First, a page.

The Best Defense

How about a presidential medal of freedom for General Antonio Taguba?

One thing the Army does not do so well is reward its people who do some of its toughest jobs -- investigating the lapses of the institution.

Yesterday I watched this interview General Taguba gave to West Point's oral history project. It has some interesting tidbits. When he tried to catch up with Brig. Gen. Janis Karpinski to interview her for his investigation of detainee abuse and torture (that was his conclusion, he says) at Abu Ghraib, he said, "She was trying to leave the country." (I think the country in question was Kuwait.)

His overall conclusion was that Abu Ghraib "was a systemic failure of leadership at the tactical level," with major lapses committed by the staff of Lt. Gen. Ricardo Sanchez. "You had a very ambigious chain of command . . . I said, 'Jeez, doesn't anyone ever follow doctrine around here?" (This had to do with who should be overseeing detainee operations -- intelligence, MPs, or operations.)

When he briefed Defense Secretary Rumsfeld on the report in May 2004, he said, "he wasn't even remotely interested" in the findings of the report, and seemed to focus more on who had leaked it. He says he doesn't know for sure, but suspects that Douglas Feith, the under secretary of Defense for policy, suggested to the Army that Taguba be retired.

Taguba's bottom line: "The only institution that actually paid the price was the U.S. Army, and the rest of the military." The Bush administration officials who promulgated "a horrific set of policies" got off scot-free.

I think a presidential medal of freedom for Taguba, who did the hard right thing to do instead of the easy wrong thing to do, is the right thing to do. I also think it might balance the ones wrongly given to Tommy R. Franks and George Tenet.


The Best Defense

Quote of the day: General Allen on the success of night ops in Afghanistan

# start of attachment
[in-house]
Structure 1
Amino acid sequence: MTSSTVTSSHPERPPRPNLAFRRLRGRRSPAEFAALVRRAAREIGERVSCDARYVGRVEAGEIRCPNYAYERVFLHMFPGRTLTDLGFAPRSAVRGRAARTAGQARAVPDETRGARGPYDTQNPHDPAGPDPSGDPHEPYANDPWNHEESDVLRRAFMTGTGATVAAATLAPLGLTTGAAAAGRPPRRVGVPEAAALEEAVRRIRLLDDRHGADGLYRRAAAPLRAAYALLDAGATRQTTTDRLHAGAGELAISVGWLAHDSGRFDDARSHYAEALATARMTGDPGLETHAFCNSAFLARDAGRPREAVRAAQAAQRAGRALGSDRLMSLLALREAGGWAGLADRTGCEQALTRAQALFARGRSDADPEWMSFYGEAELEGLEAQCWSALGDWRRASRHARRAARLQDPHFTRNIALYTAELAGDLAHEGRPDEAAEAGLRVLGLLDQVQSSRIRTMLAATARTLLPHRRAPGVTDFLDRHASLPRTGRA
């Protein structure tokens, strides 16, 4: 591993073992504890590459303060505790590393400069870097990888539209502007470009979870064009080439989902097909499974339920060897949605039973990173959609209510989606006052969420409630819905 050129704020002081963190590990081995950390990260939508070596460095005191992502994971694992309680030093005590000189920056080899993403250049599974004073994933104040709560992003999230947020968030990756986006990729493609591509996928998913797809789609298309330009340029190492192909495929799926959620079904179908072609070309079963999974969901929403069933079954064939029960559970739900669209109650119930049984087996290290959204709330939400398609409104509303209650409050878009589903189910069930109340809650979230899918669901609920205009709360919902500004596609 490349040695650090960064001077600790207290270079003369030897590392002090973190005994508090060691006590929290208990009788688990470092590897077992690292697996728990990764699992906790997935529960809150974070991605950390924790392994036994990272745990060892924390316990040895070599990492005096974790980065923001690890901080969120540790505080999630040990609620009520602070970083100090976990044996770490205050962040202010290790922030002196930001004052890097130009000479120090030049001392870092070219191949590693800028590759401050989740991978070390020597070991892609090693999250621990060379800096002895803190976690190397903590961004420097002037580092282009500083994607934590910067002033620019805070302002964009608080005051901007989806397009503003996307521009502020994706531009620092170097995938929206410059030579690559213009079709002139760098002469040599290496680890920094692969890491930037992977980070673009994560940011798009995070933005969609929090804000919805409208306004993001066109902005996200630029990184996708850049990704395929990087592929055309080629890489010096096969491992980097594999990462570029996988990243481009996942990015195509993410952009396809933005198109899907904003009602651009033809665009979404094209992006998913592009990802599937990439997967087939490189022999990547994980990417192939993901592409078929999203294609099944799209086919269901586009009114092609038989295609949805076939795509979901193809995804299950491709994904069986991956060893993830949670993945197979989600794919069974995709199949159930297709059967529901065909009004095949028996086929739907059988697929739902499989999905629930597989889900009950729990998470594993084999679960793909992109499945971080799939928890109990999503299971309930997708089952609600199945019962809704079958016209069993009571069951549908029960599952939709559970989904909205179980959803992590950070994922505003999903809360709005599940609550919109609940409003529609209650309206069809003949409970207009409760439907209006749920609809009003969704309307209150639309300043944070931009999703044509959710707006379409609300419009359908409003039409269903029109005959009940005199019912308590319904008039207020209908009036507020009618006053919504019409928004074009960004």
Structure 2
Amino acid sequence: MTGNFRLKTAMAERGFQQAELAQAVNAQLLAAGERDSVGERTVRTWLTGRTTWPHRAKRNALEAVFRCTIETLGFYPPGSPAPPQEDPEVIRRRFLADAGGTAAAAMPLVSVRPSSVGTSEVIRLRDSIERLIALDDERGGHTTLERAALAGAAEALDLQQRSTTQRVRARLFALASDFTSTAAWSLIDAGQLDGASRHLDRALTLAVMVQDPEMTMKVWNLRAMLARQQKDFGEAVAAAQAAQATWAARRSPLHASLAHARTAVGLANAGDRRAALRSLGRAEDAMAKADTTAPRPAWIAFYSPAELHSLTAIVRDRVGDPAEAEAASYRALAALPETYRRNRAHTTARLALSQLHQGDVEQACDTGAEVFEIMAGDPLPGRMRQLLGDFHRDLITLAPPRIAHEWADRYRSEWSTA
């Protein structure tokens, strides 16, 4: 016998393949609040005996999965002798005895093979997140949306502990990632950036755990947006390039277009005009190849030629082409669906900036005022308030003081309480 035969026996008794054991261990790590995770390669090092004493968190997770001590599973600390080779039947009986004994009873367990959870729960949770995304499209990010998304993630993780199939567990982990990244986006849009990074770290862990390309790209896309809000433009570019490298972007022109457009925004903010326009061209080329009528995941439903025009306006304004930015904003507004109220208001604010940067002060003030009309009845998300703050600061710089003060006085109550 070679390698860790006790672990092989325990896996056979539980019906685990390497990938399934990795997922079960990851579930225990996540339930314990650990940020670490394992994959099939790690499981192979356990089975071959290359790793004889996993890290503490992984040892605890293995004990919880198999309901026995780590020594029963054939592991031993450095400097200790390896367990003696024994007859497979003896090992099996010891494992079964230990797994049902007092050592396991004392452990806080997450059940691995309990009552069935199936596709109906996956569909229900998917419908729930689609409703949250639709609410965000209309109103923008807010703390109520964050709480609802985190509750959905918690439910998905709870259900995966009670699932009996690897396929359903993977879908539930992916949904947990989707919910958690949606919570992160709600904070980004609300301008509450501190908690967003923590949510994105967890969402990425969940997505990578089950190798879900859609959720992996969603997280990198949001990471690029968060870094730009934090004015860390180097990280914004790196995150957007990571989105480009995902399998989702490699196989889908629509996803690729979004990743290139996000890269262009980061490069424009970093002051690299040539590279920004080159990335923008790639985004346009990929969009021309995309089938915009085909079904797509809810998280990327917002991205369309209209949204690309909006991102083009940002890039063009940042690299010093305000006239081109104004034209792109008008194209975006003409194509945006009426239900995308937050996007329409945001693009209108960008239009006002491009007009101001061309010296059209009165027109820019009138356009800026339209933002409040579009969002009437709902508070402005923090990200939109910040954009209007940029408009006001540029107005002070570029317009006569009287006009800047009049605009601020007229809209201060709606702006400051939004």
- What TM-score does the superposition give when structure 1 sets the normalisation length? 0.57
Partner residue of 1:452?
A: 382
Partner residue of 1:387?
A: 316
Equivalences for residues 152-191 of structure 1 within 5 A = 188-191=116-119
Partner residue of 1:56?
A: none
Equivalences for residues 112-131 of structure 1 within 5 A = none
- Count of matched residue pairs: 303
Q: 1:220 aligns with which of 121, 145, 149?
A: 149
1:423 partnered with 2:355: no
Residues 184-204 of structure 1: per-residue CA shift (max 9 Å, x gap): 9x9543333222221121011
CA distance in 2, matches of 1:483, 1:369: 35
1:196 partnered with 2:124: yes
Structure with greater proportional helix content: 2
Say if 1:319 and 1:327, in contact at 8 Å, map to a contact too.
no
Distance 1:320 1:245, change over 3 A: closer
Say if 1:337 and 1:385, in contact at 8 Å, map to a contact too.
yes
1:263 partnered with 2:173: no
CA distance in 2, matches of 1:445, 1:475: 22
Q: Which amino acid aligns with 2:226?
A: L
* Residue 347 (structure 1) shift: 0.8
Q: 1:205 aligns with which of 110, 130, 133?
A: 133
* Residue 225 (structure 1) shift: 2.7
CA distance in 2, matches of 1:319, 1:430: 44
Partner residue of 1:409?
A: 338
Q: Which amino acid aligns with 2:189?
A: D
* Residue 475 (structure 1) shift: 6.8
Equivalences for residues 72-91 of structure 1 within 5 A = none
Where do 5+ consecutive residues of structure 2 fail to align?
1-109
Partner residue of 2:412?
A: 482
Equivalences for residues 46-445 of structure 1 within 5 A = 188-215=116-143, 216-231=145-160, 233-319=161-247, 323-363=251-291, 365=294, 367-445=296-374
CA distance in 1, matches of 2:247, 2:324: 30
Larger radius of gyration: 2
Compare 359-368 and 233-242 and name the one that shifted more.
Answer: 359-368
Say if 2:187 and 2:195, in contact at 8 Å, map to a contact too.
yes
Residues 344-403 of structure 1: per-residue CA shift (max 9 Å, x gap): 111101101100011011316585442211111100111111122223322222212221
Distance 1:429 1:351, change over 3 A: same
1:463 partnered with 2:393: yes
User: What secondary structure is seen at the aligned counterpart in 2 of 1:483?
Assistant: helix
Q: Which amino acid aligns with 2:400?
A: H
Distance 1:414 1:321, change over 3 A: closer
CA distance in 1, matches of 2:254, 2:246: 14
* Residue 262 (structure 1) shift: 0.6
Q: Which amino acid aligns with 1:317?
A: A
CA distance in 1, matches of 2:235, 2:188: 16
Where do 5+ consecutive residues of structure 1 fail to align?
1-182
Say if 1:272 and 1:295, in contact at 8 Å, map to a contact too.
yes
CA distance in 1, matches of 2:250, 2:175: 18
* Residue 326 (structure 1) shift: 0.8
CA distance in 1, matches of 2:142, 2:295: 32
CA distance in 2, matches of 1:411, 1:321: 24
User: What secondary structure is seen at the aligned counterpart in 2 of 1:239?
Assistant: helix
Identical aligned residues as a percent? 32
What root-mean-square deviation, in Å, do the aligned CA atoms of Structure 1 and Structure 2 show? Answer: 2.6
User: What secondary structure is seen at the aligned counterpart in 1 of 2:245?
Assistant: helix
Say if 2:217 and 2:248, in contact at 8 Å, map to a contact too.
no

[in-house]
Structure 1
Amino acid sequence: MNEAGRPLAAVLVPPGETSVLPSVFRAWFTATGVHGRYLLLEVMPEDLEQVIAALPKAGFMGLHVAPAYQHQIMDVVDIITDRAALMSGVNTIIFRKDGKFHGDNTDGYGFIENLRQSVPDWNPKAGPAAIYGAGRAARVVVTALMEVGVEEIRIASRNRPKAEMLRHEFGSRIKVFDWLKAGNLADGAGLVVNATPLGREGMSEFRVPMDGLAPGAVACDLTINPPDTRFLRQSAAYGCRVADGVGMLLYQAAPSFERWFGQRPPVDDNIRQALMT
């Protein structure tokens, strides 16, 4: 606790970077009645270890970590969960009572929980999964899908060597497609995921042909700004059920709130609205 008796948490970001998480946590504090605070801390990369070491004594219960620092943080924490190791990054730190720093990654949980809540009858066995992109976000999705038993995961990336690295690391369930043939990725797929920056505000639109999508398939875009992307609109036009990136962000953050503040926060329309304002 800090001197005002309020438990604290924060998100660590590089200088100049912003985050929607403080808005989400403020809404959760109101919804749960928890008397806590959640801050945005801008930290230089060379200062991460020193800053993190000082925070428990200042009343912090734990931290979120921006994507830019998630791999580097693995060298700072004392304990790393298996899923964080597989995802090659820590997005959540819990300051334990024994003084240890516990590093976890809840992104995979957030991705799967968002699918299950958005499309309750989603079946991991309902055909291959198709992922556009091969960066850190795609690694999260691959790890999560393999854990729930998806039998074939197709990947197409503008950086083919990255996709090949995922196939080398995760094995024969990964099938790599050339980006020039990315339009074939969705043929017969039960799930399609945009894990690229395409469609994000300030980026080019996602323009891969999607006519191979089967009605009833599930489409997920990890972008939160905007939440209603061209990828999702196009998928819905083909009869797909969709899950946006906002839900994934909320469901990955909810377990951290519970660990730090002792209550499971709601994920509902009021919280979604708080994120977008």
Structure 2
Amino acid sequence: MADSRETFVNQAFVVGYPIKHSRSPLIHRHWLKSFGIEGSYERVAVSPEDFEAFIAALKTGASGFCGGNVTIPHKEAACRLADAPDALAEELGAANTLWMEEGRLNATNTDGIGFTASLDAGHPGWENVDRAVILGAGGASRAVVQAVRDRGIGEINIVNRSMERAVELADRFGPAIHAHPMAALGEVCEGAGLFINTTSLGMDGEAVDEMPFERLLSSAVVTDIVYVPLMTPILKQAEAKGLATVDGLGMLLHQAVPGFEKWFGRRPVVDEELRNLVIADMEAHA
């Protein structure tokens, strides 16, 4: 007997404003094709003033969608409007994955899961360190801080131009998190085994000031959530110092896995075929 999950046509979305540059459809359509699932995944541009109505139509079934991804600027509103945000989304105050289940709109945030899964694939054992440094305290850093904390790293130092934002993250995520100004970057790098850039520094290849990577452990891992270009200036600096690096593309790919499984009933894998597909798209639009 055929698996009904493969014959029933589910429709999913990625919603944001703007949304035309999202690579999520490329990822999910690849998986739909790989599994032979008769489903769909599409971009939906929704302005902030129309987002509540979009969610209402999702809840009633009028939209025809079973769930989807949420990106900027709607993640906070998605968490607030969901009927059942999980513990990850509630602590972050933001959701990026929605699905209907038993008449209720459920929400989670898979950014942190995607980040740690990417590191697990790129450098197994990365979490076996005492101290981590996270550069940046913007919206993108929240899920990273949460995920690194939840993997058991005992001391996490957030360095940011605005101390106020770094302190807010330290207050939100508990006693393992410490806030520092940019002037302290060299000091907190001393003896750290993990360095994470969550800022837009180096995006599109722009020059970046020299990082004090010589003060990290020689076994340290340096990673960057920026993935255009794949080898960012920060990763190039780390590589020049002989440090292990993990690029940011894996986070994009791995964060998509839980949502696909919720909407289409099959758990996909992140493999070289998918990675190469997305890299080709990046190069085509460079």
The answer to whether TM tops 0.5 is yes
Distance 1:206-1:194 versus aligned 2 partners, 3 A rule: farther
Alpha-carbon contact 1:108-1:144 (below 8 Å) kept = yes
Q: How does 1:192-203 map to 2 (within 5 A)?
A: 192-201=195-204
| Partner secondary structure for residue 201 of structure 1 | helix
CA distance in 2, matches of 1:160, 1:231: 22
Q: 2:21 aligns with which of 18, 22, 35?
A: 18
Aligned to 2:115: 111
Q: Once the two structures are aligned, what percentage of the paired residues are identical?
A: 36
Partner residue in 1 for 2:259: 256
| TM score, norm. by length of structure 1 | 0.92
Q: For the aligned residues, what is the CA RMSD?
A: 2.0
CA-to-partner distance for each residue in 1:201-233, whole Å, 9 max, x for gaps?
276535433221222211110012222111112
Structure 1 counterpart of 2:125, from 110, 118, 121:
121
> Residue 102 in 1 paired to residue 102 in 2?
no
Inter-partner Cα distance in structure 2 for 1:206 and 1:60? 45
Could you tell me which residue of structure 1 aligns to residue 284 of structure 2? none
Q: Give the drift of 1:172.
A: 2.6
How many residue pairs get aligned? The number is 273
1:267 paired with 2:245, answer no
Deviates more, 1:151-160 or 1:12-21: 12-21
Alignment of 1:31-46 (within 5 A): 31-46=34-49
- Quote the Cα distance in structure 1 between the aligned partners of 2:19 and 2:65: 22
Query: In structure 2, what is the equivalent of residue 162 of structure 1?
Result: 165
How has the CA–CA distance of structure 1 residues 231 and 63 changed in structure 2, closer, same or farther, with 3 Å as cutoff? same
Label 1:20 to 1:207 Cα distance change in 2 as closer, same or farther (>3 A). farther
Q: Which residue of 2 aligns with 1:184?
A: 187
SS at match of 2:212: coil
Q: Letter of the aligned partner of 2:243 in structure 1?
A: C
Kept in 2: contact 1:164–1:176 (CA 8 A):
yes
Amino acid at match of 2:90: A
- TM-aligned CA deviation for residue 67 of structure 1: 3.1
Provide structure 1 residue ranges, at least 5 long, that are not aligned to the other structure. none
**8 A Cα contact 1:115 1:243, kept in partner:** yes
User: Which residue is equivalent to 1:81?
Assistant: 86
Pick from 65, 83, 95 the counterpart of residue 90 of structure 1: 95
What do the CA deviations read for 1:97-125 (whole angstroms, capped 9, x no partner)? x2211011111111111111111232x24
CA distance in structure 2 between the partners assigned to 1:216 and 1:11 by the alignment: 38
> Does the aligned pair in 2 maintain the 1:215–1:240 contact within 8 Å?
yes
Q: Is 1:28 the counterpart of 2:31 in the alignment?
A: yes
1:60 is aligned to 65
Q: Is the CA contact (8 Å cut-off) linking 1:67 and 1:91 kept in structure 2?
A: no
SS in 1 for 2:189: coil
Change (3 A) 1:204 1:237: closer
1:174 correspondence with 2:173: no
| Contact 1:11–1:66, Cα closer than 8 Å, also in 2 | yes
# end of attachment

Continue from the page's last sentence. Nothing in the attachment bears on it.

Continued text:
Here is an excerpt from the testimony yesterday of Gen. John Allen, the U.S. commander in Afghanistan, to the Senate Armed Services Committee:

This last year we had about 2,200 night operations. Of those 2,200 or so night operations, in 90 percent of them we didn't fire a shot. On more than 50 percent of them, we got the targeted individual, and in 30 percent more we got the next associate of that individual as well. So 83 percent, roughly, of the night operations we got either the primary target or an associate.

In all of those night operations, even with 10 percent where we fired a shot, there was less than 1.5 percent civilian casualties. Now, I don't diminish any civilian casualties by reducing it to a percentage point. Every one of those is tragic. But after 9,200 night operations, 27 -- 27 -- people were killed or wounded in night operations. That would argue for the power of night operations preserving life and reducing civilian casualties in all other kinds of operation than necessarily being a risk of creating additional civilian casualties. That's in my mind, sir, as we go through the process of negotiating an outcome for the Afghanization, if you will, of night operations.